how i meditate
One of the many habits I should do more often but don't is meditating. I love the mental clarity and tranquility it brings, and think everyone could benefit from a little bit of meditation in their lives. When I talk to people about meditation, though, I realize that most people have serious misconceptions about what it means to meditate.
Before we begin, I want to clarify that I'm not a monk, nor am I religious in any way. While being a monk is extremely cool, I recognize that most of us do not have the means to sit and meditate for hours every single day. We also likely share different goals than monks: monks use it to achieve spiritual transcendence, whereas I use meditation as a tool to improve my daily life.
I try to meditate twice a day for ten minutes each, once in the morning right after I wake up and once at night before I go to bed. When I meditate, I find a peaceful place (I like my front porch), sit down cross-legged on the floor, close my eyes, and pay deep attention to my senses. What do I hear, smell, and feel? How do these sensations make me feel? Why? Am I tired? I examine all my feelings and my mood as closely as I can.
It's normal to get lost in your thoughts when you do this. It happens to me hundreds of times in a session. The goal of meditation is not to stop the flow of your thoughts. That would not only be unnatural, but also impossible. You should simply strive to develop an awareness of what you are thinking. When you notice yourself lost in a thought, gently bring yourself back to being present and just noticing. This will happen over and over again, but if you keep to it you will gradually start to notice more quickly.
What's the purpose of this exercise, you ask? The goal is to develop a constant awareness of what you are thinking, doing, and feeling that lasts long beyond the ten minutes you spend meditating. Because meditation isn't about the short time you spend sitting with your legs crossed and eyes closed. It's really about the rest of your life, about exercising a mindfulness that permeates your every waking moment, even when you're not sitting quietly.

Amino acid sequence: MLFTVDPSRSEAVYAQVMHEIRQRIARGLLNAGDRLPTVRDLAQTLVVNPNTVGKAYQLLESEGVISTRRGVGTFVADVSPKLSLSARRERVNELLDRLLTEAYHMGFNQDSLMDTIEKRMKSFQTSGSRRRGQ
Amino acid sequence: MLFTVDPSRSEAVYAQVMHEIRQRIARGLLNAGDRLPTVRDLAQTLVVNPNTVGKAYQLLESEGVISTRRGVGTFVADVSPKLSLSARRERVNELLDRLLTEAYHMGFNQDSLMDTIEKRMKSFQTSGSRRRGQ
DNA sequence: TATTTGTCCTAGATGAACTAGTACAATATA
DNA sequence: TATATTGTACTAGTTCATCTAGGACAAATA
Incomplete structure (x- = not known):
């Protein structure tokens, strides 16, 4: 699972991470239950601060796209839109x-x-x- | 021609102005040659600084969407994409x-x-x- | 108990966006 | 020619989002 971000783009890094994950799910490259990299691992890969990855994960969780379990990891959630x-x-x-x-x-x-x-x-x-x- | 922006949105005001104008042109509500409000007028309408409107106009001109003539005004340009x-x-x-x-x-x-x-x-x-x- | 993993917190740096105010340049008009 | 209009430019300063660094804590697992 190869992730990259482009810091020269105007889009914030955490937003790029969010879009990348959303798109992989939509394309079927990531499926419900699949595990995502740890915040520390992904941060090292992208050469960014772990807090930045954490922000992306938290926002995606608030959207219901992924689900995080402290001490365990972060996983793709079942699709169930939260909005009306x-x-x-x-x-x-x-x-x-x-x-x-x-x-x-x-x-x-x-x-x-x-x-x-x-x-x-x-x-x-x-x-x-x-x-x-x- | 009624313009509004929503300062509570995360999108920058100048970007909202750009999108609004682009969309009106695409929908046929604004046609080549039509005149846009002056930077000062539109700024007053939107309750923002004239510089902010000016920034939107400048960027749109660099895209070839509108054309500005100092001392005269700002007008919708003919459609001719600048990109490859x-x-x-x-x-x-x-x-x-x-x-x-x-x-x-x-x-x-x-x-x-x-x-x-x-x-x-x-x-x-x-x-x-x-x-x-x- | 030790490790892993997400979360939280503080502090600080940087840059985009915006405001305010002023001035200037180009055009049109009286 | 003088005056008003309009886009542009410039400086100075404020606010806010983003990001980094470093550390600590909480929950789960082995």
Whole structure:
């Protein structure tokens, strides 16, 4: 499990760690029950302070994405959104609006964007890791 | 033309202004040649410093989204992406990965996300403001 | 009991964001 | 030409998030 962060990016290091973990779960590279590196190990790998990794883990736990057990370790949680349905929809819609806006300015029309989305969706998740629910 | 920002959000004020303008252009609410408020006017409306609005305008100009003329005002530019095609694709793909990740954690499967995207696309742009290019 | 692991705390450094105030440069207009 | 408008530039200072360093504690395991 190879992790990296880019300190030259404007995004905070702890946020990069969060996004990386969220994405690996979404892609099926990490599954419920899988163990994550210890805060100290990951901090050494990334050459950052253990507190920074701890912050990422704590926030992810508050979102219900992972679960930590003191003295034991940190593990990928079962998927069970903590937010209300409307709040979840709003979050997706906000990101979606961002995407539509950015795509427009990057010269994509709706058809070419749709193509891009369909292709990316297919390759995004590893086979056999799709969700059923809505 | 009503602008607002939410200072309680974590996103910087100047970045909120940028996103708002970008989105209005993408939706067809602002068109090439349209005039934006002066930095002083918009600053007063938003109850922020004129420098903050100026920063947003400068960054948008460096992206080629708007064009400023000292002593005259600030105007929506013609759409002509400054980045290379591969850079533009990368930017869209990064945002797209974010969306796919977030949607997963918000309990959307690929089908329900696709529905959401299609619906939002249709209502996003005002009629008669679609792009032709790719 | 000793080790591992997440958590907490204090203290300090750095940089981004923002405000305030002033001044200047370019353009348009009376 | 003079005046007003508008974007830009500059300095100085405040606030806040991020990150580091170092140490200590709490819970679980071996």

You'll see after you start meditating that your mind feels much clearer immediately afterwards. This clarity will fade quickly, but it's okay—that's normal. You can meditate again to revisit that mindspace, and with practice its aftereffects will last longer.
That being said, you don't need to meditate a certain way or number of times each day. Feel free to meditate as often as you like. You can also practice mindfulness standing up, laying down, with your eyes open, or on walks. It just so happens that doing it seated, with eyes closed once a day is the easiest way to get started, build a habit, and reap benefits.
Seeking this mindfulness comes with a whole host of benefits. The most important one, at least to me, is that you enjoy life a lot more when immersed in the moment. Paying attention to individual senses heightens them, letting you notice things you might not have before. When you're in the present, unfettered by worry and stress, even the simplest things can bring immense joy, like the beauty of birdsong in the morning or the coolness of the air on your skin.
This awareness also helps you make better choices, because it makes you conscious of mindless habits like doomscrolling, binge eating, or saying unkind things. When you have this awareness in every moment, you won't do these things anymore, because you'll notice and stop yourself before.
Meditating can be a daunting task to get into, so I encourage people to use whatever tools they can to make it easier. Headspace is the first to come to mind for most people, but my favorite that I've tried is Waking Up by Sam Harris. Both of these apps are freemium, which means you'll need to pay to get any more than a small selection of free content, but I think they have enough for you to get started.
I'll leave you with my favorite text, This is Water by David Foster Wallace. He doesn't mention meditation by name, but the awareness he describes is what we should aim to achieve through meditation.